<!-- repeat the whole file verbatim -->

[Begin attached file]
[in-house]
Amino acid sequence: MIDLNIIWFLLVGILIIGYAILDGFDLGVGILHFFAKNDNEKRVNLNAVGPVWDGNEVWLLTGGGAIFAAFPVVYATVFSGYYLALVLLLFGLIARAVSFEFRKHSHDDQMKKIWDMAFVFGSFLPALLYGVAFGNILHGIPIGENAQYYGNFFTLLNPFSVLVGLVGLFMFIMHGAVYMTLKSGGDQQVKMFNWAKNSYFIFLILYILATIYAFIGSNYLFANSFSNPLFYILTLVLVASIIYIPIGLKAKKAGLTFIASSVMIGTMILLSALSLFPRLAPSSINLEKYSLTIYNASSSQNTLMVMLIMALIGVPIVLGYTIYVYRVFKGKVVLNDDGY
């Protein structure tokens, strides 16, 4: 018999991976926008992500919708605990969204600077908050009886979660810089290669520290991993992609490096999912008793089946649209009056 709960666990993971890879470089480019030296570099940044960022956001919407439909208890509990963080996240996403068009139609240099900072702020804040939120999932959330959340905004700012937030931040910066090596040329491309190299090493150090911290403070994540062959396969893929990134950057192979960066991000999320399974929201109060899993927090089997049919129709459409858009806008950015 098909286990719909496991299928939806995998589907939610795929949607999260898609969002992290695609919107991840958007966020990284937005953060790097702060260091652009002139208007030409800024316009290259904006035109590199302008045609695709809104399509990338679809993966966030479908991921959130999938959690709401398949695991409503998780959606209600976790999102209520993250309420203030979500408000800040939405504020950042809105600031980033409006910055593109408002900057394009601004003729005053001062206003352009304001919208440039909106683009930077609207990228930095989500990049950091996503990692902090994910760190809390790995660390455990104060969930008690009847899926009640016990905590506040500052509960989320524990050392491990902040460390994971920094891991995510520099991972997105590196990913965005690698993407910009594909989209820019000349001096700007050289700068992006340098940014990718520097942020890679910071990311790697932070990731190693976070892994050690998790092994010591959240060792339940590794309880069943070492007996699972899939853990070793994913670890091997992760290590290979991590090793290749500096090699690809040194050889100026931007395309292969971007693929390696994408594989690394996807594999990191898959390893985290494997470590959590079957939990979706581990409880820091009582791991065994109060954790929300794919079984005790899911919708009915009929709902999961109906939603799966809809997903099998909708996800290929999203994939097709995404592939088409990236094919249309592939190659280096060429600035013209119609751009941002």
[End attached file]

[in-house]
Amino acid sequence: MIDLNIIWFLLVGILIIGYAILDGFDLGVGILHFFAKNDNEKRVNLNAVGPVWDGNEVWLLTGGGAIFAAFPVVYATVFSGYYLALVLLLFGLIARAVSFEFRKHSHDDQMKKIWDMAFVFGSFLPALLYGVAFGNILHGIPIGENAQYYGNFFTLLNPFSVLVGLVGLFMFIMHGAVYMTLKSGGDQQVKMFNWAKNSYFIFLILYILATIYAFIGSNYLFANSFSNPLFYILTLVLVASIIYIPIGLKAKKAGLTFIASSVMIGTMILLSALSLFPRLAPSSINLEKYSLTIYNASSSQNTLMVMLIMALIGVPIVLGYTIYVYRVFKGKVVLNDDGY
């Protein structure tokens, strides 16, 4: 018999991976926008992500919708605990969204600077908050009886979660810089290669520290991993992609490096999912008793089946649209009056 709960666990993971890879470089480019030296570099940044960022956001919407439909208890509990963080996240996403068009139609240099900072702020804040939120999932959330959340905004700012937030931040910066090596040329491309190299090493150090911290403070994540062959396969893929990134950057192979960066991000999320399974929201109060899993927090089997049919129709459409858009806008950015 098909286990719909496991299928939806995998589907939610795929949607999260898609969002992290695609919107991840958007966020990284937005953060790097702060260091652009002139208007030409800024316009290259904006035109590199302008045609695709809104399509990338679809993966966030479908991921959130999938959690709401398949695991409503998780959606209600976790999102209520993250309420203030979500408000800040939405504020950042809105600031980033409006910055593109408002900057394009601004003729005053001062206003352009304001919208440039909106683009930077609207990228930095989500990049950091996503990692902090994910760190809390790995660390455990104060969930008690009847899926009640016990905590506040500052509960989320524990050392491990902040460390994971920094891991995510520099991972997105590196990913965005690698993407910009594909989209820019000349001096700007050289700068992006340098940014990718520097942020890679910071990311790697932070990731190693976070892994050690998790092994010591959240060792339940590794309880069943070492007996699972899939853990070793994913670890091997992760290590290979991590090793290749500096090699690809040194050889100026931007395309292969971007693929390696994408594989690394996807594999990191898959390893985290494997470590959590079957939990979706581990409880820091009582791991065994109060954790929300794919079984005790899911919708009915009929709902999961109906939603799966809809997903099998909708996800290929999203994939097709995404592939088409990236094919249309592939190659280096060429600035013209119609751009941002």